The Best Winter Survival Tactics for Fenton Residents

Some winter storms counter the greater comforts of cozy living. From a malfunctioning heating system, to a power outage, to icy laden roads, a reputable Fenton, MO HVAC contractor prescribes a handful of winter survival tactics.

Fenton MO Heating Contractor: Winter Survival Tactics

Practice proper storage and disposal.

Keep hazardous substances out of the proximity of heating elements (i.e. gas furnace, fireplace, electrical heater, radiator, et cetera). Batteries, households cleaners, paint, pesticides and other household products are considered hazardous in Fenton, MO. Further reading on hazardous household product disposal in the city of Fenton MO, >


Maintain the heating system.

“A check up of the furnace, boiler and components of the heater ensure winter safety and performance, while optimizing its energy efficiency,” says a lead HVAC contractor of Hoffmann Brothers.

Read more on Hoffmann Brothers HVAC in Fenton MO.

Most poorly maintained heating systems don’t have the capacity to weather extreme temperatures. This is only one reason to schedule an HVAC tune up. All heating systems, fed by gas, propane or other fossil fuels, require an annual check up for safety reasons, such as a gas leak, carbon monoxide poisoning or an explosion.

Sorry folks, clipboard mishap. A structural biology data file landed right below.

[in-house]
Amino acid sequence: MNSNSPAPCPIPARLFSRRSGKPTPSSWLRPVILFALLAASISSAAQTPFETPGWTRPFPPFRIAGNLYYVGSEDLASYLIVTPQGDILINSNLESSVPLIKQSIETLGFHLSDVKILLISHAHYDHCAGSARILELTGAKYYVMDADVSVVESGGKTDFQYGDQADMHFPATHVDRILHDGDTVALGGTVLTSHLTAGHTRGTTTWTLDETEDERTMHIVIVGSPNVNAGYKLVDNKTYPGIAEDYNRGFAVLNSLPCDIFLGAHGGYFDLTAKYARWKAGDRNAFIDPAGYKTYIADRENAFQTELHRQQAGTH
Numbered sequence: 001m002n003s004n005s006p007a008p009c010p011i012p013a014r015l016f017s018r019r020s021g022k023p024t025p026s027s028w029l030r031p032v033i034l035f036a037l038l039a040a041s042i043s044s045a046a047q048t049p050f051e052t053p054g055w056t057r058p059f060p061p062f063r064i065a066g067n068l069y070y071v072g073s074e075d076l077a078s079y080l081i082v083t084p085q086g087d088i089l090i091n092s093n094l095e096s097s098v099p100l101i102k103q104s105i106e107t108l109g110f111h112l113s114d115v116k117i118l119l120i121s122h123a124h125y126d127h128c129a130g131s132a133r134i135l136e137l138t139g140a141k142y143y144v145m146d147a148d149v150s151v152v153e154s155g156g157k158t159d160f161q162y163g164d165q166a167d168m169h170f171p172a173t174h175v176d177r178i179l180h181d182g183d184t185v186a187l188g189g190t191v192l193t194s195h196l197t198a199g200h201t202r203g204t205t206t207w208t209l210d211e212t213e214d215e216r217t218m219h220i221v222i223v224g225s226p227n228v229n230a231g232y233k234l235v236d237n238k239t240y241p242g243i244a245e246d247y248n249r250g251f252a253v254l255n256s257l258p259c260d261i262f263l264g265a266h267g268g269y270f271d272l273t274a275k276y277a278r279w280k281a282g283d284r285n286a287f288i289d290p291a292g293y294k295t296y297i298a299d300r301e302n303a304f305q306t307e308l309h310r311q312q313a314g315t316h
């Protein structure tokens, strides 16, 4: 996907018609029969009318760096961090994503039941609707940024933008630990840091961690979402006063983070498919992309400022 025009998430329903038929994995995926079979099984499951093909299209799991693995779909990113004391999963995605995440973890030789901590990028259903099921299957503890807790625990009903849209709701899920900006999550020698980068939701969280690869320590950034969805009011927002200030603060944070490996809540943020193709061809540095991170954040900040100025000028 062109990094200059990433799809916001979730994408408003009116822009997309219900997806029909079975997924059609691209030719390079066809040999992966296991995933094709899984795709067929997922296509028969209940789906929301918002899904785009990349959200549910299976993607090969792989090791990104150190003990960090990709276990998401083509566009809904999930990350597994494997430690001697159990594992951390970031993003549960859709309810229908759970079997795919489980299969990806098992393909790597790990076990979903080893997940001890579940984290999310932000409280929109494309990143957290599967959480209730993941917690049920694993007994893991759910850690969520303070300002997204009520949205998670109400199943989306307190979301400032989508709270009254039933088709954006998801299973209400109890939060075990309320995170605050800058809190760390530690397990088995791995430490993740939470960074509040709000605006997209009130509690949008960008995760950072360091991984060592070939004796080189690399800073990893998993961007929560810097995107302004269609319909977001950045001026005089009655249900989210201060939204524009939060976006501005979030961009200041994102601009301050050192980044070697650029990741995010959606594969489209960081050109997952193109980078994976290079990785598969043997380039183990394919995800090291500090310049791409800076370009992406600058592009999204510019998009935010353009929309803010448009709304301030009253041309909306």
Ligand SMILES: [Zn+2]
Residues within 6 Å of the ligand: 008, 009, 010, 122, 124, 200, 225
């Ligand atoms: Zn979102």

Always extinguish the fireplace prior to retiring for the night and never leave an unattended wood-burning fire.

Opt for a heating alternative.

In the event of a power outage, consider a contingency for heating the home and running electricity. A generator, a wood burning fireplace, or a propane space heating system are three alternative energy sources, necessitating extra care when in use.

“In the event of a burn, carbon monoxide poisoning or other chronic medical emergency, head to the closest medical facility (St. Clare Hospital, St Anthony’s Hospital, Missouri Baptist Hospital, or St John’s Mercy Hospital),” recommends a technician of the Fenton MO HVAC company.

For instance, when in operation, generators produce and release carbon monoxide. If you have to run the generator for heat and electricity, place it outdoors, where it has ample ventilation and air exposure.

Stash an emergency kit.

Set aside a large plastic bin or box of emergency staples: extra batteries, candles, flashlights, a crank radio, solar system, lighters, blankets, canned and dried food goods, water, sleeping bags, hand warmers, water sterilization and other supplies.

For additional resources, please visit FEMA at

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